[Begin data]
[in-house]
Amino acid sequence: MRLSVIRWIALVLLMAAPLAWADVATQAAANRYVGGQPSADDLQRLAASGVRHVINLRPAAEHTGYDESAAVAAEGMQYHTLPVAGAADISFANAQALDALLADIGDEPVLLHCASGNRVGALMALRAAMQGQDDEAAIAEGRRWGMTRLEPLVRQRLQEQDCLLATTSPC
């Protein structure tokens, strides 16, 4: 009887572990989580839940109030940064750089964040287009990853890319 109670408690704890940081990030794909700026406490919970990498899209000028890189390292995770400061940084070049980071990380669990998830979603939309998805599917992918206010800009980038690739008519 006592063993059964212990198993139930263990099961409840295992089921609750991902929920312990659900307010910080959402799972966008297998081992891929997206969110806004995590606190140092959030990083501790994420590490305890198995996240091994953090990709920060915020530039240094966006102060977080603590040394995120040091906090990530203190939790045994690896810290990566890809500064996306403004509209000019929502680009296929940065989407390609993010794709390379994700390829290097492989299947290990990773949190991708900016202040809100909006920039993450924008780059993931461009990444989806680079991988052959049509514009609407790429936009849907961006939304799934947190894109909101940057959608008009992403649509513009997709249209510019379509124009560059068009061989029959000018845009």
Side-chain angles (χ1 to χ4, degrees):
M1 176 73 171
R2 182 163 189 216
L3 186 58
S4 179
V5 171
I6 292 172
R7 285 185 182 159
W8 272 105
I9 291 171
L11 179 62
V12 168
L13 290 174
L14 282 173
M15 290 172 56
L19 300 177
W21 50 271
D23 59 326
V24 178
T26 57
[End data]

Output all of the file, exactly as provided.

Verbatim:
[in-house]
Amino acid sequence: MRLSVIRWIALVLLMAAPLAWADVATQAAANRYVGGQPSADDLQRLAASGVRHVINLRPAAEHTGYDESAAVAAEGMQYHTLPVAGAADISFANAQALDALLADIGDEPVLLHCASGNRVGALMALRAAMQGQDDEAAIAEGRRWGMTRLEPLVRQRLQEQDCLLATTSPC
């Protein structure tokens, strides 16, 4: 009887572990989580839940109030940064750089964040287009990853890319 109670408690704890940081990030794909700026406490919970990498899209000028890189390292995770400061940084070049980071990380669990998830979603939309998805599917992918206010800009980038690739008519 006592063993059964212990198993139930263990099961409840295992089921609750991902929920312990659900307010910080959402799972966008297998081992891929997206969110806004995590606190140092959030990083501790994420590490305890198995996240091994953090990709920060915020530039240094966006102060977080603590040394995120040091906090990530203190939790045994690896810290990566890809500064996306403004509209000019929502680009296929940065989407390609993010794709390379994700390829290097492989299947290990990773949190991708900016202040809100909006920039993450924008780059993931461009990444989806680079991988052959049509514009609407790429936009849907961006939304799934947190894109909101940057959608008009992403649509513009997709249209510019379509124009560059068009061989029959000018845009």
Side-chain angles (χ1 to χ4, degrees):
M1 176 73 171
R2 182 163 189 216
L3 186 58
S4 179
V5 171
I6 292 172
R7 285 185 182 159
W8 272 105
I9 291 171
L11 179 62
V12 168
L13 290 174
L14 282 173
M15 290 172 56
L19 300 177
W21 50 271
D23 59 326
V24 178
T26 57